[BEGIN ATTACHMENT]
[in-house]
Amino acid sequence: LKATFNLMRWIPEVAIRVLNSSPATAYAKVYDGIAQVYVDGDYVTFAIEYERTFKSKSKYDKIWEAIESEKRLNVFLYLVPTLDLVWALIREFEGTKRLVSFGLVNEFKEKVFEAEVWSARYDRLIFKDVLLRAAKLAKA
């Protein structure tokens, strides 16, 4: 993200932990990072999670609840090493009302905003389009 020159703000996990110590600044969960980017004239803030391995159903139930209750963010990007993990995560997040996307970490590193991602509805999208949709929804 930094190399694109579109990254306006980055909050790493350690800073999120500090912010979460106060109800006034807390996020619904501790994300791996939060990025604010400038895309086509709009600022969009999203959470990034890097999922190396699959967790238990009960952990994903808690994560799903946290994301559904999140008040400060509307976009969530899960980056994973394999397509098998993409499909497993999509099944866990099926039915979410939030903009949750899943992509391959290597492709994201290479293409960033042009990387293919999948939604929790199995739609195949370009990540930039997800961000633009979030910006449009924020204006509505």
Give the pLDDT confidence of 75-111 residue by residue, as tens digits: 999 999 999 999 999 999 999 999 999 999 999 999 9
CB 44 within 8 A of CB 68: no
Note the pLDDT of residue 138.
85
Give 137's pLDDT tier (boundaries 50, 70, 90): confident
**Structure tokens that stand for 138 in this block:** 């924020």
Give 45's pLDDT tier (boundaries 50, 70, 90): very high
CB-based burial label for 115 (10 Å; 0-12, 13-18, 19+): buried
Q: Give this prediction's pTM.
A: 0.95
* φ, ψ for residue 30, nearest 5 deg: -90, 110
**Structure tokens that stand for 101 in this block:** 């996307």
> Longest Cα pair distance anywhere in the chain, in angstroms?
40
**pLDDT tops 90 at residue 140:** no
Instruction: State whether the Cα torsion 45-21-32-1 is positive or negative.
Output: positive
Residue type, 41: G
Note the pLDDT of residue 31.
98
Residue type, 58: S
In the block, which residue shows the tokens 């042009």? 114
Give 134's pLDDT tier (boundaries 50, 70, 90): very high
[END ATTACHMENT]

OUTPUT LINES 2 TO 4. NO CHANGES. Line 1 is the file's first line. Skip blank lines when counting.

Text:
Amino acid sequence: LKATFNLMRWIPEVAIRVLNSSPATAYAKVYDGIAQVYVDGDYVTFAIEYERTFKSKSKYDKIWEAIESEKRLNVFLYLVPTLDLVWALIREFEGTKRLVSFGLVNEFKEKVFEAEVWSARYDRLIFKDVLLRAAKLAKA
């Protein structure tokens, strides 16, 4: 993200932990990072999670609840090493009302905003389009 020159703000996990110590600044969960980017004239803030391995159903139930209750963010990007993990995560997040996307970490590193991602509805999208949709929804 930094190399694109579109990254306006980055909050790493350690800073999120500090912010979460106060109800006034807390996020619904501790994300791996939060990025604010400038895309086509709009600022969009999203959470990034890097999922190396699959967790238990009960952990994903808690994560799903946290994301559904999140008040400060509307976009969530899960980056994973394999397509098998993409499909497993999509099944866990099926039915979410939030903009949750899943992509391959290597492709994201290479293409960033042009990387293919999948939604929790199995739609195949370009990540930039997800961000633009979030910006449009924020204006509505």
Give the pLDDT confidence of 75-111 residue by residue, as tens digits: 999 999 999 999 999 999 999 999 999 999 999 999 9